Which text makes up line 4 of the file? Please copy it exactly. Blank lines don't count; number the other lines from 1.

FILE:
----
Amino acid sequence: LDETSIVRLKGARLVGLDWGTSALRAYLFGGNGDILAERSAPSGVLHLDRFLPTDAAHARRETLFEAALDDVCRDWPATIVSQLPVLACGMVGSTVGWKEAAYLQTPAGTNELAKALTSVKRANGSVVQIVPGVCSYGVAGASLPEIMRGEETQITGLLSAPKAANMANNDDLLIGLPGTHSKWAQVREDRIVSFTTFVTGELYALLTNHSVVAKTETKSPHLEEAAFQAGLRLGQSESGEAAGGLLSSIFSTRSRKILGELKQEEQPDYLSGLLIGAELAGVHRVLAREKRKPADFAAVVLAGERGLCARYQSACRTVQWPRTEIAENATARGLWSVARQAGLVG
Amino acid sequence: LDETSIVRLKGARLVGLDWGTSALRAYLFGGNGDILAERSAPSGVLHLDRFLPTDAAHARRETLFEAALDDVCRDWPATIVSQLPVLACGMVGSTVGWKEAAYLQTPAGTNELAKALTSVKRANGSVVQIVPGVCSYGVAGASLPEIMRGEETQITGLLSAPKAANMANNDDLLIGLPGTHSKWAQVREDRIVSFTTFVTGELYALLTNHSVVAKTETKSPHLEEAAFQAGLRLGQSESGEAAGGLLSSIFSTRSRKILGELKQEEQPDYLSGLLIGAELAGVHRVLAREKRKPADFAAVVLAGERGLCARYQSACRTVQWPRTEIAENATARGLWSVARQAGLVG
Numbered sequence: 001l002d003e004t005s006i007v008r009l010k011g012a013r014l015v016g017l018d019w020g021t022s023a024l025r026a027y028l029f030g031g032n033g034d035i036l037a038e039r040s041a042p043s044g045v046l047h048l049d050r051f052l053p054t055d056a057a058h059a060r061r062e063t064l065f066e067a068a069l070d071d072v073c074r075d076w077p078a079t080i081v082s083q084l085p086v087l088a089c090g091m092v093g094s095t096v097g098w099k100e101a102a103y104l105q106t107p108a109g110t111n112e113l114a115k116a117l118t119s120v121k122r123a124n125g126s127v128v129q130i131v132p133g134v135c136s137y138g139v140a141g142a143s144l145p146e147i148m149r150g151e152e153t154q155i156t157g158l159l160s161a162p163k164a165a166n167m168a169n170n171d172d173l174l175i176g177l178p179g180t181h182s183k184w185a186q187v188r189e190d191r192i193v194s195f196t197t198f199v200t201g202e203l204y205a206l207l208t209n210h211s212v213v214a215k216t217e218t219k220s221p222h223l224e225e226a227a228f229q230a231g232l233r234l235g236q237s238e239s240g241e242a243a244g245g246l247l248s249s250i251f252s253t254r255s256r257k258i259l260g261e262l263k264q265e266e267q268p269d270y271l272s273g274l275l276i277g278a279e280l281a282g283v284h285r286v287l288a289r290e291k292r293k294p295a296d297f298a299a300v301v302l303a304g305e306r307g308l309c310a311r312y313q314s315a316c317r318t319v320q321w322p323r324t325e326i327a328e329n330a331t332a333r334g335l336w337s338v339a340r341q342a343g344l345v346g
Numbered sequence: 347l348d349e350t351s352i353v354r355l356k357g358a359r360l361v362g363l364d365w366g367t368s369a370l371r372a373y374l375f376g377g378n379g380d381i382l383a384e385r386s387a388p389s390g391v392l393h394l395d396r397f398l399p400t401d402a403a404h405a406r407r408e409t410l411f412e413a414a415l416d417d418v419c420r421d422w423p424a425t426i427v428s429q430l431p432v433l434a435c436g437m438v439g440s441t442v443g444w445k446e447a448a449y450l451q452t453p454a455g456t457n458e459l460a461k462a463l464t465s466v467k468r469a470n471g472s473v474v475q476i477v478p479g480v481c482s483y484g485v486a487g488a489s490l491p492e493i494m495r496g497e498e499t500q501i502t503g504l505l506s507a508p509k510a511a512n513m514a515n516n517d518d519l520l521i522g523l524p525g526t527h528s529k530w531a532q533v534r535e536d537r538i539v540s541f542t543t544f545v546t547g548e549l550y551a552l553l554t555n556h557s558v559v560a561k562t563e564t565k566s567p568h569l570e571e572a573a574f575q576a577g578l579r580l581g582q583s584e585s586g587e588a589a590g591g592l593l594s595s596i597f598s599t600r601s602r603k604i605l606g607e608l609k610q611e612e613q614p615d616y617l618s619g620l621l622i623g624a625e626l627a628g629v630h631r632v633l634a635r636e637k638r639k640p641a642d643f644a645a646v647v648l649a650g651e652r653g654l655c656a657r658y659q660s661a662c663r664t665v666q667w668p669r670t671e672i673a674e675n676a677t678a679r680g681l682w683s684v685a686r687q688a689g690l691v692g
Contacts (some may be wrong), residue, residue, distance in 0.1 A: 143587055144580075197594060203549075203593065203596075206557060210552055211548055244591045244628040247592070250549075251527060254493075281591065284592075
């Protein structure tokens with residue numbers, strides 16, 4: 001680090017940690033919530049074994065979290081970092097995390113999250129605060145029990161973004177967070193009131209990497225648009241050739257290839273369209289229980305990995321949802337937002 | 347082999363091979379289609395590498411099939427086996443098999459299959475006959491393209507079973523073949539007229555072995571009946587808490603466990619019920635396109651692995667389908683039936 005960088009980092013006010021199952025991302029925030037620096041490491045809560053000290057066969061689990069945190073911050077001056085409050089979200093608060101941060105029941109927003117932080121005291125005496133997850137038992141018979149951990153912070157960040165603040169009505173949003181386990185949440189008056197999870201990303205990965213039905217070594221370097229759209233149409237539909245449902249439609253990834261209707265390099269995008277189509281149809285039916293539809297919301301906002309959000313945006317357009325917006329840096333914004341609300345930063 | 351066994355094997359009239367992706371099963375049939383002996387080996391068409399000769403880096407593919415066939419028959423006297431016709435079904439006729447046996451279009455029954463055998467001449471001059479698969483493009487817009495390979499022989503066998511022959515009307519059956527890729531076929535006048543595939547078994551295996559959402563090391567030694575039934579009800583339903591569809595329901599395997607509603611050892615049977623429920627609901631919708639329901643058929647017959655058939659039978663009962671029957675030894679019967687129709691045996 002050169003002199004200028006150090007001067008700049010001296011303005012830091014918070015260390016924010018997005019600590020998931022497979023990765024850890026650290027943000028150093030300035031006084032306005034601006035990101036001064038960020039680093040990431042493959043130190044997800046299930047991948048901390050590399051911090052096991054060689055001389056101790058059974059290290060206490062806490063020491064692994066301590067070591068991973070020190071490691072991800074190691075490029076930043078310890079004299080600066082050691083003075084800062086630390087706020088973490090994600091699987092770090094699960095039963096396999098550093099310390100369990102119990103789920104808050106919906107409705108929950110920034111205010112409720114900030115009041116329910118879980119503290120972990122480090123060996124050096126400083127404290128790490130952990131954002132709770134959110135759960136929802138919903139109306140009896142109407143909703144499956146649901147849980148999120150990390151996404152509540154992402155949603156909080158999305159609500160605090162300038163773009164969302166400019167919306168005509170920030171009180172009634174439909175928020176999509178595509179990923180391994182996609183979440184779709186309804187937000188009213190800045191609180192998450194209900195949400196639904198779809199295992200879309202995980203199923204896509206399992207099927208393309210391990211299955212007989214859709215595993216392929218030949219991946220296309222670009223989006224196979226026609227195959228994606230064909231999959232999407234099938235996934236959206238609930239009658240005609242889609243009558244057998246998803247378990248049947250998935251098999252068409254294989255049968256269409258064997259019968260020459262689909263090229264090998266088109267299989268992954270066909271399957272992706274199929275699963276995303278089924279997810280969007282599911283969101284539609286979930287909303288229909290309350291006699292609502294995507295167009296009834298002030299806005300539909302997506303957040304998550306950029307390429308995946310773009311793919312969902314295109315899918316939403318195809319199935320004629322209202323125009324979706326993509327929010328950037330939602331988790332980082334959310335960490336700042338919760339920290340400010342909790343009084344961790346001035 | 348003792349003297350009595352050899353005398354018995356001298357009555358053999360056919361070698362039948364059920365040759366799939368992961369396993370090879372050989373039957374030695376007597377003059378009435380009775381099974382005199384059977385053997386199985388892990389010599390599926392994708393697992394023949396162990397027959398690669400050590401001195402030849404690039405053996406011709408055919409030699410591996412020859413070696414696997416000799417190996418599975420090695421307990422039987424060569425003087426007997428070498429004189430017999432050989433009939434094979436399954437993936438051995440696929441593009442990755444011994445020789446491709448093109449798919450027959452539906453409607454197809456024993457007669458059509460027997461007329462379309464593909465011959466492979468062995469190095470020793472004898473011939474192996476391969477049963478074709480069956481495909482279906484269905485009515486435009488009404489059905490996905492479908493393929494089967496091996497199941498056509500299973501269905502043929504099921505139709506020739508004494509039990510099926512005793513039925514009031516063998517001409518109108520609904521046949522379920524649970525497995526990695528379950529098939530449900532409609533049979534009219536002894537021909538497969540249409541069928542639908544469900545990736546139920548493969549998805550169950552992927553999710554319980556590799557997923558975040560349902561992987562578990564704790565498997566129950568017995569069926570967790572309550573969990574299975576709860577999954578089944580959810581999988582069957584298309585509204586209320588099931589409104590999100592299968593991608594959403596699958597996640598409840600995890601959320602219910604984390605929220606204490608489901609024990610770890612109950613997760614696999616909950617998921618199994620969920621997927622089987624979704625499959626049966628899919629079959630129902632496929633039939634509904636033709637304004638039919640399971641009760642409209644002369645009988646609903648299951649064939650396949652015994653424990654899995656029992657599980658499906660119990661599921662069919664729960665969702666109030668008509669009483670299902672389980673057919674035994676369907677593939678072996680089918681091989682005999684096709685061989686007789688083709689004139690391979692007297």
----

Numbered sequence: 347l348d349e350t351s352i353v354r355l356k357g358a359r360l361v362g363l364d365w366g367t368s369a370l371r372a373y374l375f376g377g378n379g380d381i382l383a384e385r386s387a388p389s390g391v392l393h394l395d396r397f398l399p400t401d402a403a404h405a406r407r408e409t410l411f412e413a414a415l416d417d418v419c420r421d422w423p424a425t426i427v428s429q430l431p432v433l434a435c436g437m438v439g440s441t442v443g444w445k446e447a448a449y450l451q452t453p454a455g456t457n458e459l460a461k462a463l464t465s466v467k468r469a470n471g472s473v474v475q476i477v478p479g480v481c482s483y484g485v486a487g488a489s490l491p492e493i494m495r496g497e498e499t500q501i502t503g504l505l506s507a508p509k510a511a512n513m514a515n516n517d518d519l520l521i522g523l524p525g526t527h528s529k530w531a532q533v534r535e536d537r538i539v540s541f542t543t544f545v546t547g548e549l550y551a552l553l554t555n556h557s558v559v560a561k562t563e564t565k566s567p568h569l570e571e572a573a574f575q576a577g578l579r580l581g582q583s584e585s586g587e588a589a590g591g592l593l594s595s596i597f598s599t600r601s602r603k604i605l606g607e608l609k610q611e612e613q614p615d616y617l618s619g620l621l622i623g624a625e626l627a628g629v630h631r632v633l634a635r636e637k638r639k640p641a642d643f644a645a646v647v648l649a650g651e652r653g654l655c656a657r658y659q660s661a662c663r664t665v666q667w668p669r670t671e672i673a674e675n676a677t678a679r680g681l682w683s684v685a686r687q688a689g690l691v692g